Stacie King is an archaeologist in the Anthropology Department at Indiana University. She received her Ph.D. in Anthropology from the University of California Berkeley in 2003, after completing a dissertation on everyday social and economic activities in an Early Postclassic (A.D. 975-1220) Mexico village in southern Oaxaca, Mexico. Deeply interested in the long-term histories of various peoples in ancient Oaxaca, Stacie’s work explores the relationship between food sharing and household membership, mortuary practices and burial beneath house floors, networks of trade and communication, the production of cotton cloth, multi-ethnic landscapes, soundscapes and the senses, and reuse and social memory. Her current project is focused on the Chatino, Mixe, and Zapotec region of Nejapa in southeastern Oaxaca. For at least 3,500 years, Nejapa has been a primary stopover on the trade route connecting highland Oaxaca to the Isthmus. Stacie is developing a long-term archaeological project with community members in Nejapa and Tavela that examines how the economies, politics, and social identities of people living along trade routes were (or were not) intertwined with those in urban areas, and explores the ways that residents negotiated their place in this shifting, multi-ethnic, sometimes violent, landscape. She is also developing educational materials and recording interviews with elder residents about Nejapa history and the power and meaning of archaeology to people today.

Javier F. León
Assistant Professor of Folklore
and Ethnomusicology
Javier F. León is an ethnomusicologist originally from Lima, Peru. He received B.A. in astrophysics from the University of California, Berkeley and M.M. and Ph.D. in ethnomusicology from the University of Texas at Austin. Professor León taught at the Newcomb Department of Music and The Stone Center for Latin American Studies at Tulane University and joined Indiana University in 2007. His research has focused on contemporary Afroperuvian music making, criollo popular music and nationalism in the early and mid-twentieth century Lima, and the politics of academic research. Since 1995 he has worked with prominent Peruvian artists such as Manuel Acosta Ojeda, Gabriel Alegría, Roberto Arguedas, Oscar Avilés, Eva Ayllón, Susana Baca, Félix Casaverde, Novalima, Peru Negro, Teatro del Milenio, and Abelardo Vásquez. He is currently conducting research on how neoliberal socioeconomic reforms are affecting Afroperuvian musical production and its ability to remain a symbol of Black identity.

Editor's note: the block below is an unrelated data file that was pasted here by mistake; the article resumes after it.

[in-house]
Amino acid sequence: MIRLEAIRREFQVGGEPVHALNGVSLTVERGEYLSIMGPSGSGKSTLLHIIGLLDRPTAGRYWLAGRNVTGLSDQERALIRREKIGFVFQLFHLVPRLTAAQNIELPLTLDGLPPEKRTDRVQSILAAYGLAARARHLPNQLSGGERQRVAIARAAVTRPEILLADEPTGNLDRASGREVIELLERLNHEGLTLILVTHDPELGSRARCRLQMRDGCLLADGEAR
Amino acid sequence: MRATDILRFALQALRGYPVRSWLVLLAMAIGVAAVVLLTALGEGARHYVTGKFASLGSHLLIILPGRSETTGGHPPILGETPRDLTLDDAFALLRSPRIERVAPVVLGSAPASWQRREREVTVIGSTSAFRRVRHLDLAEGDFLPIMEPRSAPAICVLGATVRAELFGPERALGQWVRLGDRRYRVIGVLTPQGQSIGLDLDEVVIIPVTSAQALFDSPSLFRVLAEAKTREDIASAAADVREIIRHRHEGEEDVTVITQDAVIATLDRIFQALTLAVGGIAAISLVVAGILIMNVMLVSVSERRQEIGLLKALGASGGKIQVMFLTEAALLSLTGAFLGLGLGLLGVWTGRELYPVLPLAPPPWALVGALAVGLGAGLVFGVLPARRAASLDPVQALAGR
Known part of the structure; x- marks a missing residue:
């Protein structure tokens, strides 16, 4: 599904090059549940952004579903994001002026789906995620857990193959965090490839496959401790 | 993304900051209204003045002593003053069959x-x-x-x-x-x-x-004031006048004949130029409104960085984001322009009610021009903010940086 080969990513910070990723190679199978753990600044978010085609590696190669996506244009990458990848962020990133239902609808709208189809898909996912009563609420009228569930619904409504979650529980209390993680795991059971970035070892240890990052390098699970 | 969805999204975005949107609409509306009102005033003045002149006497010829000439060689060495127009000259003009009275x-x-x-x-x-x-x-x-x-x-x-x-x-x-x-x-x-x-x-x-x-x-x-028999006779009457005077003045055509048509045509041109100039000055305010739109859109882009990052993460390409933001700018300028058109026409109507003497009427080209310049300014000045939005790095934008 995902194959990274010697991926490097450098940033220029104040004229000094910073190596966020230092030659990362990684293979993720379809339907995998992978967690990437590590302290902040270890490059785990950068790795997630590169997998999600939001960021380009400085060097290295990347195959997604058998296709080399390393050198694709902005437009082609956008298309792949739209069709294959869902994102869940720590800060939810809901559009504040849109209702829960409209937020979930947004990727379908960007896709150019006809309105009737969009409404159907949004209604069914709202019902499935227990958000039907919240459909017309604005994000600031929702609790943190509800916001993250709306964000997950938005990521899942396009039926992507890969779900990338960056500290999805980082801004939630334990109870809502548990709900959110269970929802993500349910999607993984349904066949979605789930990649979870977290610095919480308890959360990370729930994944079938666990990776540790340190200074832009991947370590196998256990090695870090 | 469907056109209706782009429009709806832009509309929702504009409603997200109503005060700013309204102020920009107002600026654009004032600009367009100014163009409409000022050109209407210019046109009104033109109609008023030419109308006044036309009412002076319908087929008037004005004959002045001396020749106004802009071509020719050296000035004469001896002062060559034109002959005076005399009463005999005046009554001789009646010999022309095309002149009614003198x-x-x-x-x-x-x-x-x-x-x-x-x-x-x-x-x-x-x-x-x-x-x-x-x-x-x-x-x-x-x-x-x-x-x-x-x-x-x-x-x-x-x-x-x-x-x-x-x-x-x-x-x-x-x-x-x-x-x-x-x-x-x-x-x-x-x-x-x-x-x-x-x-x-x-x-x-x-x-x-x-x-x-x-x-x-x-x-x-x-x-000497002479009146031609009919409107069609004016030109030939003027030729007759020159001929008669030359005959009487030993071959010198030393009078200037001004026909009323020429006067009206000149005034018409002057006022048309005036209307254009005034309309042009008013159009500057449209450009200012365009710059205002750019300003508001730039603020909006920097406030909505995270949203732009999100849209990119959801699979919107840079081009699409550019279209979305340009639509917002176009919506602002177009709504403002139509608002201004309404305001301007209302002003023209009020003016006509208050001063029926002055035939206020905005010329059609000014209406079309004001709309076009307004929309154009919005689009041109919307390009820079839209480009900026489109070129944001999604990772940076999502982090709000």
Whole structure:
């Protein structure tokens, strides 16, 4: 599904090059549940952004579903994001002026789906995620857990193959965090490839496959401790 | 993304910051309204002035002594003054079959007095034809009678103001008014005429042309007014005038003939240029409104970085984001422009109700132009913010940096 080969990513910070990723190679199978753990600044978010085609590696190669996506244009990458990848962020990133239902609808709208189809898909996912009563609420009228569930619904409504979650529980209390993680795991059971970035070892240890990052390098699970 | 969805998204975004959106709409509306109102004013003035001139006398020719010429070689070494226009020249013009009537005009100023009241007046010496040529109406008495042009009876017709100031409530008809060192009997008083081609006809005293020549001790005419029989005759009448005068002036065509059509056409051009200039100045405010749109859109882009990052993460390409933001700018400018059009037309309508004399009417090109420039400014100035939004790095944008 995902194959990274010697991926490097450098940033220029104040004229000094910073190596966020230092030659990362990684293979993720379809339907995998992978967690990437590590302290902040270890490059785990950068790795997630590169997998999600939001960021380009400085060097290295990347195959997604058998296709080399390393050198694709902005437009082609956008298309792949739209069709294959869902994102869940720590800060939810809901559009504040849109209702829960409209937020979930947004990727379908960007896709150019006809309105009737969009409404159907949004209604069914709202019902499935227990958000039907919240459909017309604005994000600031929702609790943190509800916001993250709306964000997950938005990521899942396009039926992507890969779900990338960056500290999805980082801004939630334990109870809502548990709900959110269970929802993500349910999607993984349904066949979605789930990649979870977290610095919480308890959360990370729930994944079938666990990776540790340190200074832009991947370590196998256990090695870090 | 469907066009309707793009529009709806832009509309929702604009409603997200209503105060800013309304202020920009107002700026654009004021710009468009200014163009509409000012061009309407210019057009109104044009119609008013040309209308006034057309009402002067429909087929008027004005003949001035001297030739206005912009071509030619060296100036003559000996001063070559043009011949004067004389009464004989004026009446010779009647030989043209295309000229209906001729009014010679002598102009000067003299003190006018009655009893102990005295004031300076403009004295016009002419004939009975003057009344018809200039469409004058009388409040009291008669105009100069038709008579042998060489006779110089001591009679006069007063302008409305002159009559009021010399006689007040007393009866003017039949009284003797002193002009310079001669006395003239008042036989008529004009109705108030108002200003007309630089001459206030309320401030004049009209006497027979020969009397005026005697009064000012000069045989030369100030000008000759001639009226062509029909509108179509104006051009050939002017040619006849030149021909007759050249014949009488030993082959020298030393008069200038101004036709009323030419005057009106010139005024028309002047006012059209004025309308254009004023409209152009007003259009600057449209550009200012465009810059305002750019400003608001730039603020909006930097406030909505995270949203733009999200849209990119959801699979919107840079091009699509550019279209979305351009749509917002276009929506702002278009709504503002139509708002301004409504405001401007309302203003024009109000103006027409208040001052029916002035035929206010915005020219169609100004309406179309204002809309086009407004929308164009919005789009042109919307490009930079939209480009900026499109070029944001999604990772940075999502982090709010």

Anya Peterson Royce
Chancellor’s Professor of Anthropology
and Comparative Literature
Anya Peterson Royce received a BA with Distinction from Stanford (1968) in Anthropology and Honors in Humanities, a MA (1971) and a Ph.D. (1974) in Anthropology from the University of California Berkeley. She joined the faculty of Indiana University in 1973. Royce’s research has centered on three areas: the anthropology of dance and performing arts, cultural and ethnic identity, and the ethnography of Mexico, with particular focus on the Isthmus Zapotec. The overarching theme of her work with the Zapotec has been on persistence and change. Her first book, Prestigio y afiliación en una comunidad urbana: Juchitán, Oaxaca, was published in 1975, and again in 1991. Her subsequent publications, in both Spanish and English, examine such themes as household incomes, music, dance, and fiesta as means of community building, the role of Zapotec intellectuals and artists, embodied aesthetics, healing and illness, and Isthmus Zapotec poetry. Her latest book, Becoming an Ancestor: The Isthmus Zapotec Way of Death (SUNY Press 2011) examines the domain of death as a point of entry into fundamental values and practices that have sustained the Isthmus Zapotec throughout a long history marked by self-determination. Homenaje a Hebert Rasgado, completed in 2008, is a 22 minute film about one musician and composer.  Her most recent field research examines Isthmus Zapotec pilgrimage ancient and modern in terms of transformations gained from going from settled communities into the wild.  Royce’s other books on dance, performing arts, and ethnic identity have been informed by her work with the Isthmus Zapotec. Her research has been supported by the John Simon Guggenheim Foundation, the Delmas Foundation, the Bogliasco Foundation, the American Philosophical Society, the American Council of Learned Societies, the National Endowment for the Humanities, and the Social Science Research Council

Micol Seigel
Assistant Professor of African American and African Diaspora Studies and American Studies